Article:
Previous studies of the BPNSFS used cross-sectional designs to examine the effects of psychological needs on life satisfaction, vitality and depressive feelings (e.g., Brenning et al., 2015; Chen, Van Assche, et al., (2015) Chen, Vansteenkiste et al., 2015). Despite the promising findings of these previous studies, cross-sectional research makes it difficult to probe into the unique predictive role of psychological need satisfaction and frustration on psychological outcomes across time. Moreover, although these studies covered reasonably large samples of adults and adolescents from diverse cultural backgrounds, including South African adolescents, University students from USA, China, Belgium and Peru, Chinese migrant workers or European pregnant women, the Portuguese context had not yet been targeted. Aligned with these cross-cultural validation studies we carried out the first study examining the concurrent and longitudinal relations of the BPNSFS to well-being and ill-being experienced when Portuguese high school students have to decide whether they intend to continue their studies in higher education or join the labour force. We conducted two separate studies. In Study 1 we translated the BPNSFS into Portuguese and examined the construct validity of the scales in a sample of Portuguese undergraduate students. In Study 2 we used a longitudinal research design to examine the unique contribution of need satisfaction and frustration to predict changes in 12th grade students’ well-being and ill-being over time.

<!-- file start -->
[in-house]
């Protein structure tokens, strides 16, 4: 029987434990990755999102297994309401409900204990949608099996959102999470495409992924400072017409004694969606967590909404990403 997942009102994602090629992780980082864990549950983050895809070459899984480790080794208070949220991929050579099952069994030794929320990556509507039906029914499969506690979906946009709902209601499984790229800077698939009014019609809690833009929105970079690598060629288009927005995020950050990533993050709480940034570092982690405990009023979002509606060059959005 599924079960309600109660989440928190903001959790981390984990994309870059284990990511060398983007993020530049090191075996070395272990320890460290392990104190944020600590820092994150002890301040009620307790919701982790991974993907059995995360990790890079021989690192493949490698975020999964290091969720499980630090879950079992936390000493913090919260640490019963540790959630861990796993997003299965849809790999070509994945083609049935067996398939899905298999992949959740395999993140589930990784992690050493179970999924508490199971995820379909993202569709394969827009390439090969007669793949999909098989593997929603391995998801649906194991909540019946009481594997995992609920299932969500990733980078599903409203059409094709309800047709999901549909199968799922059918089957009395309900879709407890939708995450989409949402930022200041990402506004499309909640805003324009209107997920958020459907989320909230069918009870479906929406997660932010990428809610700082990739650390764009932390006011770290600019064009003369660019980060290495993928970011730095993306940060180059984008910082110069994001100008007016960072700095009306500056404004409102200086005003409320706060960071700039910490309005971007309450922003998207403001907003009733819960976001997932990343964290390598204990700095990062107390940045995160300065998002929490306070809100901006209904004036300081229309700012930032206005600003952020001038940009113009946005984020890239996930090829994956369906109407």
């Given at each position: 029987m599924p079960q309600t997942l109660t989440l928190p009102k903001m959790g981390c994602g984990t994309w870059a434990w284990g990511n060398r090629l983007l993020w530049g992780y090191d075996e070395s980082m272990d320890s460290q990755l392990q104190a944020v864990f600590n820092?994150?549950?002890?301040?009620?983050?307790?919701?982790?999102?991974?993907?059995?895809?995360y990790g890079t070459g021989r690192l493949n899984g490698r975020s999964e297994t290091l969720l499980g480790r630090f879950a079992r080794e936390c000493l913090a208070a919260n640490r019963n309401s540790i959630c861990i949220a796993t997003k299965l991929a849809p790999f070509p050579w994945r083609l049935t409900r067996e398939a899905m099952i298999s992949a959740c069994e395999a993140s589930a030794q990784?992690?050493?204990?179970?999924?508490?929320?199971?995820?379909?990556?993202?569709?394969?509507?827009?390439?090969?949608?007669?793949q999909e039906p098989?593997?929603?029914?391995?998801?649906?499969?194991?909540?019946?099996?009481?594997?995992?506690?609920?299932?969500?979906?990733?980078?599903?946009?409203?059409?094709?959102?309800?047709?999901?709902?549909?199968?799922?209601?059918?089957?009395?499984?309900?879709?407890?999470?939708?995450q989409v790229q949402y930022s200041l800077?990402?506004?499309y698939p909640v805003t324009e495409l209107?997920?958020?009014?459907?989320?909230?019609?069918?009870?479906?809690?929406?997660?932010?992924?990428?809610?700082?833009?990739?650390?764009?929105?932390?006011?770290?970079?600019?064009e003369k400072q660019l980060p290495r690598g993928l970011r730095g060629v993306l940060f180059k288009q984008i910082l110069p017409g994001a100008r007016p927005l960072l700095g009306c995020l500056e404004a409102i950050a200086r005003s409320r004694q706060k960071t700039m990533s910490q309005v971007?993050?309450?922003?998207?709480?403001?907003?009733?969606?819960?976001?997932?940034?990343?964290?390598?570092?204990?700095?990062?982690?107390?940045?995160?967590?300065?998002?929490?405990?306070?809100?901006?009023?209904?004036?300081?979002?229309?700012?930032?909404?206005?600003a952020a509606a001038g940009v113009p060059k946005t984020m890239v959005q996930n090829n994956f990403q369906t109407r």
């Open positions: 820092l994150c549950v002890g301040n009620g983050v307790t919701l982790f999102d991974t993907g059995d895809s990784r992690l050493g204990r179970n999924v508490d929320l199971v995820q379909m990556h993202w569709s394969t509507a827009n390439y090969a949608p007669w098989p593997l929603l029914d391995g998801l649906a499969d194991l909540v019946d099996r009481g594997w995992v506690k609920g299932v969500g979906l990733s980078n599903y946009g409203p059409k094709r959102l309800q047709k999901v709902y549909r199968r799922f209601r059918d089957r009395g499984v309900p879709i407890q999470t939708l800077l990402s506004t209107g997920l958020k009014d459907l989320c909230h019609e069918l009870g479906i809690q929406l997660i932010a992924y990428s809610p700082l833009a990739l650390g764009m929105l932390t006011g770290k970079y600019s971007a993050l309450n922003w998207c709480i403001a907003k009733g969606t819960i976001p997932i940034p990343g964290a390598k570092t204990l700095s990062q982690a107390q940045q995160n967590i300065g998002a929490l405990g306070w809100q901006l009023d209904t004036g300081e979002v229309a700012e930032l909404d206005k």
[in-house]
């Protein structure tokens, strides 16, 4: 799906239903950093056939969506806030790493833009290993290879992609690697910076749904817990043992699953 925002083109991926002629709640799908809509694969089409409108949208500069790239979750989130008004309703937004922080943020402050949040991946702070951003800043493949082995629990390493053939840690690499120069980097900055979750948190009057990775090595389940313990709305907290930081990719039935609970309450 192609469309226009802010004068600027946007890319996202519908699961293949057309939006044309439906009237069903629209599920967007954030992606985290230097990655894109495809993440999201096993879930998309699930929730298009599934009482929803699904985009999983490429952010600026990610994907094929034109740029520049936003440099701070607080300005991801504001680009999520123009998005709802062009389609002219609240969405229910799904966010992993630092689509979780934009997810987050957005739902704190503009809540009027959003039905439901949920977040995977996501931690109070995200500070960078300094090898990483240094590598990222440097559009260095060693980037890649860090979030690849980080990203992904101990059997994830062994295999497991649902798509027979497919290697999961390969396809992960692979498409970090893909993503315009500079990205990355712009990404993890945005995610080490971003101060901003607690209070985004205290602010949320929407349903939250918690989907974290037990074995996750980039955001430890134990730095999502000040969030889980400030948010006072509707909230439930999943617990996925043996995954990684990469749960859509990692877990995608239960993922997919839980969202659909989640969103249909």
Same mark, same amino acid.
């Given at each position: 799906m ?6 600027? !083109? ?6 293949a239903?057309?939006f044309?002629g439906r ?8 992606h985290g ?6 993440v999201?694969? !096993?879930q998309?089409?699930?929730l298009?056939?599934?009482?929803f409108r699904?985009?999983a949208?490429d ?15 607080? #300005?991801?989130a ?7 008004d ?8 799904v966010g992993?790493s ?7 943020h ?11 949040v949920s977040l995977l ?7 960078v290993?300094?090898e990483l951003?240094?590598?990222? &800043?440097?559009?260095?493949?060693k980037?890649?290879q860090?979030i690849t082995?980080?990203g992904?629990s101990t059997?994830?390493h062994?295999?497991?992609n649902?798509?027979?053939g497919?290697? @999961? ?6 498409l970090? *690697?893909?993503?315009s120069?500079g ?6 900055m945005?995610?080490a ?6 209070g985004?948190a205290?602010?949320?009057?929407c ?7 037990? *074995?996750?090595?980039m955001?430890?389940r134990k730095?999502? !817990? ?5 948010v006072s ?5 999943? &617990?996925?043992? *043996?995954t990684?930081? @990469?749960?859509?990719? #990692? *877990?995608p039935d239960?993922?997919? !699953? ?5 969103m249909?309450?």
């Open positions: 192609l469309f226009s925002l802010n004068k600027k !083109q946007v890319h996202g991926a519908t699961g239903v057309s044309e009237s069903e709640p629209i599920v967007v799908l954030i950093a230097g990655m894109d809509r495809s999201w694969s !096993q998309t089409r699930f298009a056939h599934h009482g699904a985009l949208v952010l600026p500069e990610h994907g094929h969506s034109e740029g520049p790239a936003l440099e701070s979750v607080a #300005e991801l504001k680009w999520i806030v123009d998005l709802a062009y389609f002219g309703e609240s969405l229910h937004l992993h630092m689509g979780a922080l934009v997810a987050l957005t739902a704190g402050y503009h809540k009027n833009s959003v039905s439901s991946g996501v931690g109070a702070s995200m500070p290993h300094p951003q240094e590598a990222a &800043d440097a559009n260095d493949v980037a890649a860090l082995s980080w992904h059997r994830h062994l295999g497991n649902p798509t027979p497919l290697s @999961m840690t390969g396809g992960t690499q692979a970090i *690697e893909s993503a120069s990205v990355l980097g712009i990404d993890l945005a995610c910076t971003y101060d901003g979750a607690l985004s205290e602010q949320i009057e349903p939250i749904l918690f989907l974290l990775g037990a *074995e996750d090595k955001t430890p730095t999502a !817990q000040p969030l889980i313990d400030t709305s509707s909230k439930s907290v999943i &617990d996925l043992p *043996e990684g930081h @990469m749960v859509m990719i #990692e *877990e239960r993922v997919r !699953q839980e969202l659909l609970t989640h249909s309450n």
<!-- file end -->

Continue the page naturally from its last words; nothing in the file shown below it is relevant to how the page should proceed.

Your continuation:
Study 1 findings proved that the six-factor model that distinguishes the satisfaction and frustration dimensions of need was the most valid to interpret the dimensionality of the 24-item Portuguese version of the BPNSFS. This result, along with the good internal consistency obtained for the six scales, replicate the results obtained in the original studies (Chen, Vansteenkiste et al., 2015) and suggest, in line with recent SDT theory (Vansteenkiste & Ryan, 2013) and research (e.g., Bartholomew et al., 2011; Cordeiro, et al., 2016; Quested & Duda, 2010) that need satisfaction and frustration scales represent distinct constructs and should be measured separately.